ently unaffected by the presence of many satellites. The three-dimensional motion of the particles forming the E ring will be included in future analysis and will hopefully explain some of the details of the brightness profile shown on Fig. 1. NUMERICAL TEST

To understand the dynamics of the particles of the E ring, we examined the possibility that they are governed only by their gravitational interactions. To this end, the model developed by Harrington and Seidelmann (1981) was expanded to include an entire system of particles. This model includes Saturnian satellites 1 through 8, plus a J2 and a J4 term for Saturn. Solar perturbations are not considered, and neither are interactions between the ring particles themselves (thus, we have an ensemble of hundreds of integrations of single test particles). Integrations were usually run for several thousand days, enough to cover more than one complete libration period for those cases where it existed. Test particles were initially located in rings approximately at the distances of Mimas, Enceladus, Tethys, Dione, Rhea, in rings just inside of Mimas and just outside Rhea, and in rings located midway between each pair of satellites. Special test particles were also located to test the various types of librational motion that were detected. The majority of the particles appeared to be affected only by Saturn, and only those particles in a very narrow ring at the distance of one of the satellites actually were influenced by that one satellite. In the strongest case, the satellite perturbation induced eccentricity into the test particle orbit sufficient to give it a relative radial dispersion of only 6%. There are extremely narrow areas in which it is possible for the particles to be showing the kind of librational motion that is well known in the restricted three-body problem. However, because the satellites do not actually have fixed orbits, and the

L4 /+ x /

\+,

.I ./

.1

I", 1

"\

.

miz"

~'~ ~

\.,,~Jlp 0 ./~"

][~2

+\.\

L~ X

+1I'/

"\.\ "x

FIG. 2. Two-dimensional diagram indicating coordinate system with planetary and satellite masses and the Lagrangian points.

librational regions are so narrow, it is possible for a particle to show different types of motion from one revolution to the next. A particle may librate only over a rather limited range about the L4 or L5 point (Fig. 2, which shows the nonuniformly rotating and pulsating system in which the satellite of interest remains fixed); these are known as tadpole orbits. There is also the very extensive libration in which the particle stays at essentially the same distance but encompasses the three libration points L3, L4, and L5 in one synodic revolution; these are known as horseshoe orbits. This is the kind of orbit the co-orbiting satellites exhibit with respect to each other. The exact nature of the libration depends on the nature of the close approach of a particle to a satellite, and it is even possible, if the satellite has appreciable eccentricity (as does Enceladus), that a particle could miss the satellite entirely and rotate rather than librate even in the satellite-fixed system. In the presence of small satellites at the L4 and L5 points with respect to the satellites Tethys and Dione, additional types of librational motions are possible. In the case of Tethys and Dione, particles in motion at the same orbital distance can in a very small range of radial distance from Saturn have librational motion between Tethys and the satellite at the L4 point, or between Tethys and the satellites at the L5 point, or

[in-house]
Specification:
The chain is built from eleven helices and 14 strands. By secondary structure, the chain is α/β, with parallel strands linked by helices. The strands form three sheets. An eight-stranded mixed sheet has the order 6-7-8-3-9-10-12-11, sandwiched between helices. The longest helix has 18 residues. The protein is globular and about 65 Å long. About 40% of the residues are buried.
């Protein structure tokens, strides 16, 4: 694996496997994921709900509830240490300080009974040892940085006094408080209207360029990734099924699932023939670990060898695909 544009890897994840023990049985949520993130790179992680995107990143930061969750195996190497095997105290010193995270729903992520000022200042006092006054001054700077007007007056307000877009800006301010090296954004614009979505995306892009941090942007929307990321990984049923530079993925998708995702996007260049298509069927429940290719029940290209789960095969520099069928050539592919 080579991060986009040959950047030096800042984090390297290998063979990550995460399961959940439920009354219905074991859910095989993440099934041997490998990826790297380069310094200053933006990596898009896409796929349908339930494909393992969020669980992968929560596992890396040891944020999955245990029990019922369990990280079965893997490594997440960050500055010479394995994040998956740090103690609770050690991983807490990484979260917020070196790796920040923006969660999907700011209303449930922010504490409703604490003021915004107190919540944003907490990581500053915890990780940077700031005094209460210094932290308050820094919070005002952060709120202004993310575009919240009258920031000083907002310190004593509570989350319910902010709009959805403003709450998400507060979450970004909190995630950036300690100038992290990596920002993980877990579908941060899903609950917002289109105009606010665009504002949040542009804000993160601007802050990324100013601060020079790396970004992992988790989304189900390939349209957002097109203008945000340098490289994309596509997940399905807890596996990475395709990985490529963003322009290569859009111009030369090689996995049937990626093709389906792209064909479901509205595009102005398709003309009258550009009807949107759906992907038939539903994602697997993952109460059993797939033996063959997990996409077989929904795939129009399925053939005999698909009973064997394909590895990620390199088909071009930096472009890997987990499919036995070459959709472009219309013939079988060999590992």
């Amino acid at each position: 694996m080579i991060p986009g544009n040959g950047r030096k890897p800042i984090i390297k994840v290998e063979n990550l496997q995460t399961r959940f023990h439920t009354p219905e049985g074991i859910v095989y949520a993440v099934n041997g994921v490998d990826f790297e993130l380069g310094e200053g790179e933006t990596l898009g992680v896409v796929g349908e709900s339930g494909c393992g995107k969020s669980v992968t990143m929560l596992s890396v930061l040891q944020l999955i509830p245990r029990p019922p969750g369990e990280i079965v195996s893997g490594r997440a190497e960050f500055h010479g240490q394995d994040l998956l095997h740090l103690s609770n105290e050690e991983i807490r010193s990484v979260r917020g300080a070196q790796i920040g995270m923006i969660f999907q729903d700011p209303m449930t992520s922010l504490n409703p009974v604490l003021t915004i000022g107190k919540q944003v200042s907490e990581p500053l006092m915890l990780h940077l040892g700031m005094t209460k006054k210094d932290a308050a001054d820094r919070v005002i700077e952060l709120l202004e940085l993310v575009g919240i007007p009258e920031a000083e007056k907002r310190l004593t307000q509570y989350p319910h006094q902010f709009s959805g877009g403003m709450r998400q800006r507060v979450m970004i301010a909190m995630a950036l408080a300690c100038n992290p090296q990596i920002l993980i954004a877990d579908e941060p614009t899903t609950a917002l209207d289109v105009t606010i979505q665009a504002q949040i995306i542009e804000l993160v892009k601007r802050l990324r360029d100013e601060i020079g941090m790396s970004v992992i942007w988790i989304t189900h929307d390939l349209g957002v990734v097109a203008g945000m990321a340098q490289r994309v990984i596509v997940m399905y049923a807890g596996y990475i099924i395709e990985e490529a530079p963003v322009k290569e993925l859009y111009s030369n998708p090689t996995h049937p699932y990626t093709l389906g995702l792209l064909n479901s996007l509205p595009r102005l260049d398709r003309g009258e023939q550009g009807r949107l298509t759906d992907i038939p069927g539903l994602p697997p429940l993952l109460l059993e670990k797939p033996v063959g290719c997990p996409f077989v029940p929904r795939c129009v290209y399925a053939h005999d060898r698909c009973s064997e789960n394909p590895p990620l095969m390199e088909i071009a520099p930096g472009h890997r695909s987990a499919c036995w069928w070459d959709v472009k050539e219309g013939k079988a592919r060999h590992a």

DYNAMICS OF SATURN'S E RING

173

where by convention m2 -< ml, and theref o r e / z -< ½. The nondimensional distances are r~ and r2 and are given by

)TS."e"

rl = X/(x - /z) 2 + y2 and Ix

m2=#

0

P2(/L-I,0)

P2(#,O)

FIG. 3. Two-dimensional diagram defining the coordinates of a particle with respect to a primary (ml) and secondary (m2) body.

the particle may librate between the small satellites at the L4 and the L5 points without approaching Tethys. This is in addition to the possibility for tadpole-type libration and libration including the L3, L4, and Ls. It must be emphasized that the regions where these types of motions may take place are extremely narrow. Thus, if material was distributed in the E ring, excluding the collision process, the material could remain spread through the observed area for a long period of time. ANALYTICAL DEVELOPMENT